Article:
Radiohead's 7th album will forever be referred to as much for its content as the method by which it greeted our hungry ears. On 10th October we were literally 'given' the first morsels from this truly unique band since 2003's Hail To The Thief, but that wasn't the only great thing about that day. As a youngster I can remember the magical feeling that came with the arrival of a long awaited album. You would count down the days until it was released trapped in a glorious, internet-free vacuum of anticipation and speculation. Then when the day finally came the first thing on your mind was getting to that shop and claiming your copy, nothing else mattered in those days.
Fast forward to the present day and things have changed considerably. You rarely need to wait for anything now - leaks or promos arrive in your iTunes like it ain't no thang, and anyway even if you are waiting for something to be released by the time you get it your head is already littered with countless 'expert' opinions that it's hard to form your own. Well, last Wednesday we were all equal. Currently label-less, Radiohead took control of their property and gave it to everyone at the same time - no leaks, no promo copies and therefore no opinions. We were all free to make up our minds, not only on how valuable it was to us but what we thought of it. I felt a twinge of that magic return last week as I downloaded my copy and it's stayed with me throughout every play of In Rainbows. I remember where I was on the release of pretty much every Radiohead album and Wednesday 10th of October was a special day indeed.
So, in the democratic spirit with which this record was released it seems fitting to apply such ideals to its scrutiny. So here are some Chimps early takes on the whole In Rainbows thing, and it ain't law it's just, like, their opinion man... - BC
People who have protested for years to me about Radiohead, have been approaching me recently saying; ‘Have you heard the new Radiohead album? It’s Great!’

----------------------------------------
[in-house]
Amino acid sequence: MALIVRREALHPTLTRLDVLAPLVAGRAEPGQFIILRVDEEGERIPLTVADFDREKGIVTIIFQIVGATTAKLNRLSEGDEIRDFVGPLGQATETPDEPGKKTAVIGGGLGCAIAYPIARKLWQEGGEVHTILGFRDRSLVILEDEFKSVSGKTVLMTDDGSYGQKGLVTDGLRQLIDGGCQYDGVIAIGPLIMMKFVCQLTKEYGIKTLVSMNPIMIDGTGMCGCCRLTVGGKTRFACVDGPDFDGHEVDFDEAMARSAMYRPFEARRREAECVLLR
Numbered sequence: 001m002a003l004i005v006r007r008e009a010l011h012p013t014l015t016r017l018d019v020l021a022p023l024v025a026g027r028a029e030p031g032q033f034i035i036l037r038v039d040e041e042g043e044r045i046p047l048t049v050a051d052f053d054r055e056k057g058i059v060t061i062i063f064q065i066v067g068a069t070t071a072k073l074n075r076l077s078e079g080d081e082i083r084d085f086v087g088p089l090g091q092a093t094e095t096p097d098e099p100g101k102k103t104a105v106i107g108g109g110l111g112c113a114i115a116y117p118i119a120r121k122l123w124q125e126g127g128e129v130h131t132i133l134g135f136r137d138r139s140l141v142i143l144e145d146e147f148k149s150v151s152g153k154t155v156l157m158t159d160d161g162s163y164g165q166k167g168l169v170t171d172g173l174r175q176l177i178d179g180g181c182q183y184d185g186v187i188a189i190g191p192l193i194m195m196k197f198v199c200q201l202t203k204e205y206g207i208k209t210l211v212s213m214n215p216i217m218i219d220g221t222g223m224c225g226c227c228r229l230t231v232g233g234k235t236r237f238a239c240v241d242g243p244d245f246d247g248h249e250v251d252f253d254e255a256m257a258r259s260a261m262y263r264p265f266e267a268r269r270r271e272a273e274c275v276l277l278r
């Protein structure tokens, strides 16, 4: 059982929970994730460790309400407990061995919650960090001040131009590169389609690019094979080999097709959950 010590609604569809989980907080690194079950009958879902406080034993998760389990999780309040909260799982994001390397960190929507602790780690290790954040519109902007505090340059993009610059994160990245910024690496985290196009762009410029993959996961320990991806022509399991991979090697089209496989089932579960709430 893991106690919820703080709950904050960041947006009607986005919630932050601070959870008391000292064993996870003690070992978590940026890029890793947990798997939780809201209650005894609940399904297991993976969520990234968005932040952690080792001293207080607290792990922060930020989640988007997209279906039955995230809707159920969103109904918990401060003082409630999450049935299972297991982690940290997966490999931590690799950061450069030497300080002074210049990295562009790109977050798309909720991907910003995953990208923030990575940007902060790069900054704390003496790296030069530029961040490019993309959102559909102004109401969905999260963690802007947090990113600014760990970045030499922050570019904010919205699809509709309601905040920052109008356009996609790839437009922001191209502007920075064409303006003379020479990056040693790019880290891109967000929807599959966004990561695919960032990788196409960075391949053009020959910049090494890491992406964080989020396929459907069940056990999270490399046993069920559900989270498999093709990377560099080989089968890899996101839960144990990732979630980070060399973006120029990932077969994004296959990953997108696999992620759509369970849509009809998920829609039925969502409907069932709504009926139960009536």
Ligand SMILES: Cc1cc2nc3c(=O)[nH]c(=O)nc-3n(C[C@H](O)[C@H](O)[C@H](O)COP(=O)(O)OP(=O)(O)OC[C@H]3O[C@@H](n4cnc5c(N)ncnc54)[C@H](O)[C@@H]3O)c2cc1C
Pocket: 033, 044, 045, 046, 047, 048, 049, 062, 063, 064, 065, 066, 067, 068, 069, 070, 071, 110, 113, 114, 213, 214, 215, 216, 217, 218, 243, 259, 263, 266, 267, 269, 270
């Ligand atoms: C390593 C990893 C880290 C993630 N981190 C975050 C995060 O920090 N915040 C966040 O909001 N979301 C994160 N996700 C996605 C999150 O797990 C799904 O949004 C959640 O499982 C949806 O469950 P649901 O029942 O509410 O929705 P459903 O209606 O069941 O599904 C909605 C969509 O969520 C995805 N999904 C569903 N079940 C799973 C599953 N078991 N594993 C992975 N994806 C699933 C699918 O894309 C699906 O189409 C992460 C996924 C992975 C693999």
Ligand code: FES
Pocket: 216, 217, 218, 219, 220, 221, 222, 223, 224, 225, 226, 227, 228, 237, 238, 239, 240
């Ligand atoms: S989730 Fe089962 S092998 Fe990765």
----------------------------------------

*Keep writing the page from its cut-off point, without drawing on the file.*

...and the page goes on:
It is great indeed, a popularity that has not been the result of any concessions made by the band. ‘In Rainbows’ is beautiful, challenging and yes, repeat it, uplifting. It is the end of a sometimes lonely journey that has led them through the hinterland of ‘Kid A’, ‘Amnesiac’ and the not-to-be-ignored solo project by Thom Yorke last year; ‘The Eraser’.
‘In Rainbows’ would not the subtle and lushly layered album it is without those earlier explorations, masterfully combining the art of melody (which the band claimed to forsake after ‘OK Computer) and laptop experimentation. The ten songs are underpinned by Phil Selway’s tight framework of drumming and percussion, a structure which allows us to really appreciate the wonder of Yorke’s flying voice.
I heard that Muse were ‘the new Radiohead’. That crown is still taken. Indefinitely. Enjoy the moment.
I paid 8 quid by the way. A sum arrived at after several phonecalls, a lot of deleting,
re-entering and inner moral debate.
- LG - 5 Stars
Stand out tracks are Nude and All I Need. Yorke's vocals act as such a powerful instrument. Radiohead's best moments as a band come when they achieve the perfect balance between explosion and quiet - and this album isn't quite up on the explosive stuff. With these songs having being written and recorded over time, it feels the album lacks the cohesion of their finest releases.
The band should be commended for their release strategy, as the music industry certainly needs re-modelling. Having said that, it's any easy risk to take when you're seven albums deep on the back of millions in sales. Quite how it might work for new musicians I'm not so sure.